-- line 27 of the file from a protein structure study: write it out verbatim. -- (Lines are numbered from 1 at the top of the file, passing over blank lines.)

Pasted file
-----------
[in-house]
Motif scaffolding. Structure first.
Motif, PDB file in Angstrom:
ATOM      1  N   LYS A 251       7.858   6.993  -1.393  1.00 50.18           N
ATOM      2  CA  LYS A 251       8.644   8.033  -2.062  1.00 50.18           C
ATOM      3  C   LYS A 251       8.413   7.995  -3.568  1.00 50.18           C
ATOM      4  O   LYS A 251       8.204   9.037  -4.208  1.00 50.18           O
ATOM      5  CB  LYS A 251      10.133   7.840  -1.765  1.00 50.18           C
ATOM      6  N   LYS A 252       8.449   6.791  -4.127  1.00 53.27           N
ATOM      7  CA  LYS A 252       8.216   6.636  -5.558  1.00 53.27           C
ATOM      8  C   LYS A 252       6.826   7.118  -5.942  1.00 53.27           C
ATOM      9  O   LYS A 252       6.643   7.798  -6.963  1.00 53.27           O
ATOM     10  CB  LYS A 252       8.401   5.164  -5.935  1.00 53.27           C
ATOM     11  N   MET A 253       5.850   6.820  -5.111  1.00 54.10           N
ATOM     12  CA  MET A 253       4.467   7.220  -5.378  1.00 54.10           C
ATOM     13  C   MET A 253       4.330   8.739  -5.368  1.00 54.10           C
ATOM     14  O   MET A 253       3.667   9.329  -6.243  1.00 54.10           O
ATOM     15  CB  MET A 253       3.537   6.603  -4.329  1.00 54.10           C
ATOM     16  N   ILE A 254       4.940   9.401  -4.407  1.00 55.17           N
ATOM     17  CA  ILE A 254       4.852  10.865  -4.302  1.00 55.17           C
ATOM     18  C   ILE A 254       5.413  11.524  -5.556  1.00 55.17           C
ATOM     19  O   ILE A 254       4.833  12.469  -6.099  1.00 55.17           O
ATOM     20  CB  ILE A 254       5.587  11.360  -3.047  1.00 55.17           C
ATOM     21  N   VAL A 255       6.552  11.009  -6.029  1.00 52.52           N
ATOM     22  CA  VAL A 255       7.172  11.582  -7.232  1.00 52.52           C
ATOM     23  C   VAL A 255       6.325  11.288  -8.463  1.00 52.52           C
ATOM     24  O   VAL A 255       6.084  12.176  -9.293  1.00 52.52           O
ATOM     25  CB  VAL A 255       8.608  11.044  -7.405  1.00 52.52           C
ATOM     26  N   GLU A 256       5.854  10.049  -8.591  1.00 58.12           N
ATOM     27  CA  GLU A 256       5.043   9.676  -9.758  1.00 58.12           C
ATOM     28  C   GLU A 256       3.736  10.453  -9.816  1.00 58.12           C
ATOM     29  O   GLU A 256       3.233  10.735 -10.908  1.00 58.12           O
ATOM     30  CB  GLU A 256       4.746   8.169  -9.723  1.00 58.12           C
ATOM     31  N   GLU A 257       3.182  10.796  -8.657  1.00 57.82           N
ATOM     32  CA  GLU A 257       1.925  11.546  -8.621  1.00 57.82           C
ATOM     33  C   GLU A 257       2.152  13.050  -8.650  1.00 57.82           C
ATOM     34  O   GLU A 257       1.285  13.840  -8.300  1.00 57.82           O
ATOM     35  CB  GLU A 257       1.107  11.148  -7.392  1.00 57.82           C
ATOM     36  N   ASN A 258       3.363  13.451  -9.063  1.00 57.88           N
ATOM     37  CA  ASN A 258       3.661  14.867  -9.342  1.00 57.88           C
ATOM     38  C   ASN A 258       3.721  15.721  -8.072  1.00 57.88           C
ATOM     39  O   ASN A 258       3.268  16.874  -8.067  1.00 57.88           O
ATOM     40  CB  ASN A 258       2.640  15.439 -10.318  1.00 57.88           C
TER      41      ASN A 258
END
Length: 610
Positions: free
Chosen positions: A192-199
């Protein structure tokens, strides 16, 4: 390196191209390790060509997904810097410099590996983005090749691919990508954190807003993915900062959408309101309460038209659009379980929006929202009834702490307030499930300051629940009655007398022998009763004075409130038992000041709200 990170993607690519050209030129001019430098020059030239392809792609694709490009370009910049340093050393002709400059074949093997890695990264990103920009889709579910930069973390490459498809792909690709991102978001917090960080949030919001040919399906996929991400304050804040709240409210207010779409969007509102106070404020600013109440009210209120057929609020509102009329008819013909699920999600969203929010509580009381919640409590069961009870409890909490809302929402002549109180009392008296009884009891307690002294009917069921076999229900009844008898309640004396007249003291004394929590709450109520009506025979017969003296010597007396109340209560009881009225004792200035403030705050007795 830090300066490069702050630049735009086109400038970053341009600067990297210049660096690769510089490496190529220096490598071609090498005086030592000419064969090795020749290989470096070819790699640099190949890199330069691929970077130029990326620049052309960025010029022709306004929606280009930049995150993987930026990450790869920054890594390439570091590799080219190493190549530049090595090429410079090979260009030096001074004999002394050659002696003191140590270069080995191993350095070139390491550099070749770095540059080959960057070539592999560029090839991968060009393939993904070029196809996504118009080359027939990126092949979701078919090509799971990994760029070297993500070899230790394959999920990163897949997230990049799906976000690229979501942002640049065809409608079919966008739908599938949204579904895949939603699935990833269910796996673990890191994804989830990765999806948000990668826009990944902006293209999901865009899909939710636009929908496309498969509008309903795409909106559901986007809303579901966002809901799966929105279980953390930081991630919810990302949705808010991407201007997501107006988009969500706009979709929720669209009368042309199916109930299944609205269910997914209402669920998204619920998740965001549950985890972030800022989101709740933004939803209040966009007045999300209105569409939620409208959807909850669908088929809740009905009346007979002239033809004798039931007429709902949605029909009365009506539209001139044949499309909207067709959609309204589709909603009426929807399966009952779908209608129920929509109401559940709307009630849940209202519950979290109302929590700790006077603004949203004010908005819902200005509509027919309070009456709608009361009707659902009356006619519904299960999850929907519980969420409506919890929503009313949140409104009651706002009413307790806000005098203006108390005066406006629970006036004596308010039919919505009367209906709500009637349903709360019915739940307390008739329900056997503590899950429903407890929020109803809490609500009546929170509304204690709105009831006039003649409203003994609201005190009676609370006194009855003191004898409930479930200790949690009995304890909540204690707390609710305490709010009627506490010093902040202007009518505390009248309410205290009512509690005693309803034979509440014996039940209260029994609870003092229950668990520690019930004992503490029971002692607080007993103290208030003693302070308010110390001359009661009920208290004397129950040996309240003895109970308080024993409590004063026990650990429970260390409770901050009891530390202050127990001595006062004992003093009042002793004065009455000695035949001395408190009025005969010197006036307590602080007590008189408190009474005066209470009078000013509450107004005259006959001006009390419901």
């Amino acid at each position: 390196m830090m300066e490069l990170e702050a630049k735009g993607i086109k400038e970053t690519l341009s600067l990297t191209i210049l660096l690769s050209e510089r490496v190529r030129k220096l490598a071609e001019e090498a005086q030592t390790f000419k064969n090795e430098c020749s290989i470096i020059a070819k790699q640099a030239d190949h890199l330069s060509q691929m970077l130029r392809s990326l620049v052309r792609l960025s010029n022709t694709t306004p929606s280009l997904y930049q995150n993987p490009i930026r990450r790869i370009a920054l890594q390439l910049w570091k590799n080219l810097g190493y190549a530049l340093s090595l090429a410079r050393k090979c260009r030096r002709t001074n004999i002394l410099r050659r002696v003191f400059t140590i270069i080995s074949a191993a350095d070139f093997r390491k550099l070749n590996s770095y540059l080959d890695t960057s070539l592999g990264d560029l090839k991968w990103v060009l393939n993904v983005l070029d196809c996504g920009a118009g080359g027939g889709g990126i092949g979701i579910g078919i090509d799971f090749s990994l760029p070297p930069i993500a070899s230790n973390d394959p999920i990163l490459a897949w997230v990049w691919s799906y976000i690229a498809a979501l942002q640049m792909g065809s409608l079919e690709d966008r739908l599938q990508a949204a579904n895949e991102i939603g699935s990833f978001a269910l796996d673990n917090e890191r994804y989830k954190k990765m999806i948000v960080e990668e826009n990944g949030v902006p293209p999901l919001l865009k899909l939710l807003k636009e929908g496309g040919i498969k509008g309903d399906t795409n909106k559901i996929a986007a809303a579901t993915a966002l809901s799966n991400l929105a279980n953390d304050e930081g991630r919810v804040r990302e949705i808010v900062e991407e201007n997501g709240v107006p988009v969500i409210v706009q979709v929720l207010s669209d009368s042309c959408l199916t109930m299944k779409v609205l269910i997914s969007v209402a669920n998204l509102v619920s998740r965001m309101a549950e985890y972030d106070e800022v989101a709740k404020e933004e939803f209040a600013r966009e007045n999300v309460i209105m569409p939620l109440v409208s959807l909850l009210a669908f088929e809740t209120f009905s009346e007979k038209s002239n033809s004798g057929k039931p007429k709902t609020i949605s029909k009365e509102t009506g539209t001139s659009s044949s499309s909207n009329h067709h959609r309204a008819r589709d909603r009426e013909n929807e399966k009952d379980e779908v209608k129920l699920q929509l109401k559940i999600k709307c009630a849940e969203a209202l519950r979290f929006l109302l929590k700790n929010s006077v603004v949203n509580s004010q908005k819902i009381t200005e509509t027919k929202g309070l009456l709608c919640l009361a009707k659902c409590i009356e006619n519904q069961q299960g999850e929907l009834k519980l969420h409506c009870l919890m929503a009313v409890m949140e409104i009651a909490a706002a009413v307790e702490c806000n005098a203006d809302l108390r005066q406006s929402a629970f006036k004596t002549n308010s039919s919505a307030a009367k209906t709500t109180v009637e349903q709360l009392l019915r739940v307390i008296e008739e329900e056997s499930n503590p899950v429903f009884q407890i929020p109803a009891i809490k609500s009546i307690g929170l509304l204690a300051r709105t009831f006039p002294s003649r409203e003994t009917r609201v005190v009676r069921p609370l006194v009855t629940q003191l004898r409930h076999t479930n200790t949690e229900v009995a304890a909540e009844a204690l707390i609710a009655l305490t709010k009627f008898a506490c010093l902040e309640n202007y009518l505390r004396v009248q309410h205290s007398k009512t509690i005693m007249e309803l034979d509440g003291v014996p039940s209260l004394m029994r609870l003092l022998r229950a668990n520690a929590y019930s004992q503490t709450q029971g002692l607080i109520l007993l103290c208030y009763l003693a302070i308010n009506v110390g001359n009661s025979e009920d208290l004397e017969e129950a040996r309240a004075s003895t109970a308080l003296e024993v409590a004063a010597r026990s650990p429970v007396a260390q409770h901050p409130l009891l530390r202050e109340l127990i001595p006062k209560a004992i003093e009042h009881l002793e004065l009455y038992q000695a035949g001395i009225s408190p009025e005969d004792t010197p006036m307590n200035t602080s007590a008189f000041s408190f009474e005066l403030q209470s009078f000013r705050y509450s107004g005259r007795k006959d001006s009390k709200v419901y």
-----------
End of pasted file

ATOM     24  O   VAL A 255       6.084  12.176  -9.293  1.00 52.52           O